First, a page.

In this demo, students will hear a story about how Ira Remsen’s interest in chemistry was sparked and watch a demonstration that recreates her first experiment reacting nitric acid with a copper penny.
By the end of this lesson, students should be able to
- explain how Ira Remsen’s interest in chemistry was sparked.
- explain the steps in the reaction between copper and nitric acid.
This lesson supports students’ understanding of
- History of chemistry
- Chemical changes
- Redox reaction
Teacher Preparation: 1 hour
Lesson: 20 minutes
- Concentrated nitric acid
- 1-L Erlenmeyer flask
- One-hole stopper that fits on the Erlenmeyer flask
- Polished glass tubing that fits into the hole stopper
- Clear plastic hose that fits over the glass tubing
- Piece of copper
- 2-L beaker
- Fume hood
- Safety goggles
- This experiment should be done in a fume hood, as toxic gas is released.
- Wear an apron, gloves, and safety goggles while performing the demonstration.
- Take extreme care when handling concentrated nitric acid.
- This demonstration can be used to start off the year, sparking student interest in chemistry and a desire to learn an explanation of all of the things that happened before their eyes.
- This demonstration will produce a two-step reaction between copper and nitric acid.
Secure a short piece of polished glass tubing through a one-hole stopper. Fit the stopper into the top of a one-liter Erlenmeyer flask. Attach one end of a length of clear plastic hose to the glass tubing and place the other end in a two-liter beaker that is filled with water. Cut a two cm square of copper. (It will represent Remsen’s penny.) Have 50 mL of concentrated nitric acid. This should be placed in your fume hood. Wear an apron and safety goggles while performing the demonstration.
Read the following story by Ira Remsen, who discovered saccharin and founded the department of chemistry at Johns Hopkins University.
While reading a textbook of chemistry I came upon the statement, "nitric acid acts upon copper." I was getting tired of reading such absurd stuff and I was determined to see what this meant. Copper was more or less familiar to me, for copper cents were then in use. I had seen a bottle marked nitric acid on a table in the doctor's office where I was then "doing time." I did not know its peculiarities, but the spirit of adventure was upon me. Having nitric acid and copper, I had only to learn what the words "act upon" meant. The statement "nitric acid acts upon copper" would be more than mere words.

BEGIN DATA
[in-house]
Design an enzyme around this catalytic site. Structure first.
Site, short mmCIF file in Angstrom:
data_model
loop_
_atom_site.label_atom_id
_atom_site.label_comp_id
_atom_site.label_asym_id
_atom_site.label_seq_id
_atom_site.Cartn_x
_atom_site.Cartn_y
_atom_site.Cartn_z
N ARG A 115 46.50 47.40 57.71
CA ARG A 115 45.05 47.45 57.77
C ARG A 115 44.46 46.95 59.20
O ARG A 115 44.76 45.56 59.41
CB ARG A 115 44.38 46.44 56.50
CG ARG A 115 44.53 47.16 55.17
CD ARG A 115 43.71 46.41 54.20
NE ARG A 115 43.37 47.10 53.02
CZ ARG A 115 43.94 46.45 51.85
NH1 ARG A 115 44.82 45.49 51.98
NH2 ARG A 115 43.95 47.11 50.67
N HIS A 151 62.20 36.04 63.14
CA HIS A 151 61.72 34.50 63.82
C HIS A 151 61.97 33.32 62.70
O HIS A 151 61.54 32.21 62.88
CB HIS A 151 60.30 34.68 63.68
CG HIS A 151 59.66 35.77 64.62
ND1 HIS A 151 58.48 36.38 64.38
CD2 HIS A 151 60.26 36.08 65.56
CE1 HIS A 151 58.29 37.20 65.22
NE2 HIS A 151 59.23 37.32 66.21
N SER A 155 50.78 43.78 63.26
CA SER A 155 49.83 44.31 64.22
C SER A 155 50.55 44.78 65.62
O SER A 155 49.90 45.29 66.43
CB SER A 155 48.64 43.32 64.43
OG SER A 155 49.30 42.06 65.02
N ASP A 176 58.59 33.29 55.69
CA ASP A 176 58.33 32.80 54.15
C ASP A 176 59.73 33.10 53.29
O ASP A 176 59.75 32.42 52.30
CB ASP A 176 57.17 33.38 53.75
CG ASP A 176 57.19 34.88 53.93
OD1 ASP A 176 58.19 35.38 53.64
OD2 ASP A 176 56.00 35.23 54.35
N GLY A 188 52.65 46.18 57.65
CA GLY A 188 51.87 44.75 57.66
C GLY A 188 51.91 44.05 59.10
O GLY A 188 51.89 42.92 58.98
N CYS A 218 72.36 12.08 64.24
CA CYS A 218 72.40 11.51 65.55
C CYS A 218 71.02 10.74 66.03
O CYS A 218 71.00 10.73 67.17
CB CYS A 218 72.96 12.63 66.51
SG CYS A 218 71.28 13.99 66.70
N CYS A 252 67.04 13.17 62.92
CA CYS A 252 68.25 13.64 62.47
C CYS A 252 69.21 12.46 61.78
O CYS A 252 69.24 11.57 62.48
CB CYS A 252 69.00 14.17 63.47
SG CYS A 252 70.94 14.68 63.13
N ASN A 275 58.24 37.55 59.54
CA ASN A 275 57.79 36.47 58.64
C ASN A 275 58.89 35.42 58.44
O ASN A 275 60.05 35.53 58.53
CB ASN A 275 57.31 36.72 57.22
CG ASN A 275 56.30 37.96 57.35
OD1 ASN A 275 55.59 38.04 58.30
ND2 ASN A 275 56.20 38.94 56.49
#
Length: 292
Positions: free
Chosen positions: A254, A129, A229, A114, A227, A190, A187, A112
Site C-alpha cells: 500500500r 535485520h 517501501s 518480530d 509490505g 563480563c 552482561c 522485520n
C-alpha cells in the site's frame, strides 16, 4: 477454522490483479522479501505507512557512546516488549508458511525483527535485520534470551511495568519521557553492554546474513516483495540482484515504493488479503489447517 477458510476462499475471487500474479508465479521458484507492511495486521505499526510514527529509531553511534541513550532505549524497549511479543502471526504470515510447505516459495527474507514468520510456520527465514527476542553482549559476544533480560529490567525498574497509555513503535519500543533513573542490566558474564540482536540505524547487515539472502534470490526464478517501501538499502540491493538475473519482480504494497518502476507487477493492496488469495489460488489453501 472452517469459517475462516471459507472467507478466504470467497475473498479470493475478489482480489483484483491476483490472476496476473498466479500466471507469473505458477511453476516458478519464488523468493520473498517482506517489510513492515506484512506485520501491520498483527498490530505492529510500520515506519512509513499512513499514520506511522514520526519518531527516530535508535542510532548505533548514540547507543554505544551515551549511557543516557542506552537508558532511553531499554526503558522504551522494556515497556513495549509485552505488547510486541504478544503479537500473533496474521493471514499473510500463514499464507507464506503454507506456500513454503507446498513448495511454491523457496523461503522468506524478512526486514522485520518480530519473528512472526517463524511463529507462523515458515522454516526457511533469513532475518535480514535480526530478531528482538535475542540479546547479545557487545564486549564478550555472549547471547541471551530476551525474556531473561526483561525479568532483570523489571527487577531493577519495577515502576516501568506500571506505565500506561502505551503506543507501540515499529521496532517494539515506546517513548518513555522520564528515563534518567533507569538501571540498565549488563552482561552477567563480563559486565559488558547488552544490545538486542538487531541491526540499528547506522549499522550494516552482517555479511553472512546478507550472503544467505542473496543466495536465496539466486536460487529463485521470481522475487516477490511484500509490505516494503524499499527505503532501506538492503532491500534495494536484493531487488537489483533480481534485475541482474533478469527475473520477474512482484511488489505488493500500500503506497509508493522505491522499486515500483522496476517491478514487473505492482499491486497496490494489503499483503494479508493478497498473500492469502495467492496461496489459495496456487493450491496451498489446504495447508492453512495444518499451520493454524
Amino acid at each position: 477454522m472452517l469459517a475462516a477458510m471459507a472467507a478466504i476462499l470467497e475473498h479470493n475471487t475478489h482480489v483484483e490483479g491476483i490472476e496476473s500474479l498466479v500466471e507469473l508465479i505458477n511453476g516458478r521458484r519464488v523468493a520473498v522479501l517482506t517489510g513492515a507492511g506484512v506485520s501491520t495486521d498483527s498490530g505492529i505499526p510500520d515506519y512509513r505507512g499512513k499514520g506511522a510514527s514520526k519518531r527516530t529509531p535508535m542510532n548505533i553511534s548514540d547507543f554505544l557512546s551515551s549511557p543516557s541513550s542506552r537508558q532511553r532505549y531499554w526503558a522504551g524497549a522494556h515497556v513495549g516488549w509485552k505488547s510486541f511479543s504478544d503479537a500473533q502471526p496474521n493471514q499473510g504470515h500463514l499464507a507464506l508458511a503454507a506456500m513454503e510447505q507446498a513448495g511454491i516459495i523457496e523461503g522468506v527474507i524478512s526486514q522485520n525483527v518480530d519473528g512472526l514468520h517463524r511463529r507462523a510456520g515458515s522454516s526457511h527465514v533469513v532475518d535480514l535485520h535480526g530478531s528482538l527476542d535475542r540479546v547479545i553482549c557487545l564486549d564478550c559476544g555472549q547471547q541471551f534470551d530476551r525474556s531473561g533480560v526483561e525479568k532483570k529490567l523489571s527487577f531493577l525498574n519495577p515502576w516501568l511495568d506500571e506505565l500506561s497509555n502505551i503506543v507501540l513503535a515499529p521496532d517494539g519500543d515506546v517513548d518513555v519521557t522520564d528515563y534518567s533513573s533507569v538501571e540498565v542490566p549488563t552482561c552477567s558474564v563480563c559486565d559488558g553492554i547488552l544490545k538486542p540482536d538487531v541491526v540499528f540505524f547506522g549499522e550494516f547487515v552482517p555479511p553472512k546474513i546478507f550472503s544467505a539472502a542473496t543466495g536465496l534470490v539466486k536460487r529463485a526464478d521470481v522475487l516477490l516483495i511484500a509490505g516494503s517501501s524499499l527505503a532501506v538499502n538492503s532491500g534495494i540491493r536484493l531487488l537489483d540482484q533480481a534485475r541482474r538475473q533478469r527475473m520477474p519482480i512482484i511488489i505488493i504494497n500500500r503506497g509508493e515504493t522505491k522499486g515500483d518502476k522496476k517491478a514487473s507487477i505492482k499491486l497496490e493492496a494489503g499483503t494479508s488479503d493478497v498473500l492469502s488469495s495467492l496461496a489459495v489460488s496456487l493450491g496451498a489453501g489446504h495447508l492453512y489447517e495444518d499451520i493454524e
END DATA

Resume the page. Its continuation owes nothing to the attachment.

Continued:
Hold up the nitric acid and copper when they are mentioned. Place the copper in the flask. Continue reading the autobiography.
All was still. In the interest of knowledge I was even willing to sacrifice one of the few copper cents then in my possession. I put one of them on the table, opened the bottle marked nitric acid, poured some of the liquid on the copper and prepared to make an observation. But what was this wonderful thing which I beheld? The cent was already changed and it was no small change either. A green-blue liquid foamed and fumed over the cent and over the table. The air in the neighborhood of the performance became colored dark red. A great colored cloud arose. This was disagreeable and suffocating. How should I stop this?
Pour the nitric acid into the flask after reading the second sentence and quickly tighten the stopper. Continue to slowly read the autobiography as the reaction occurs.
I tried to get rid of the objectionable mess by picking it up and throwing it out of the window. I learned another fact. Nitric acid not only acts upon copper, but it acts upon fingers. The pain led to another unpremeditated experiment. I drew my fingers across my trousers and another fact was discovered. Nitric acid acts upon trousers. Taking everything into consideration, that was the most impressive experiment and relatively probably the most costly experiment I have ever performed... It was a revelation to me. It resulted in a desire on my part to learn more about that remarkable kind of action. Plainly, the only way to learn about it was to see its results, to experiment, to work in a laboratory.
Point out how the brown gas ‘disappeared’ as it bubbled through the water. Allow the second reaction to occur, which will take place as the copper(II) nitrate cools. The water will be drawn into the flask, making the brown gas disappear and the green liquid turn blue.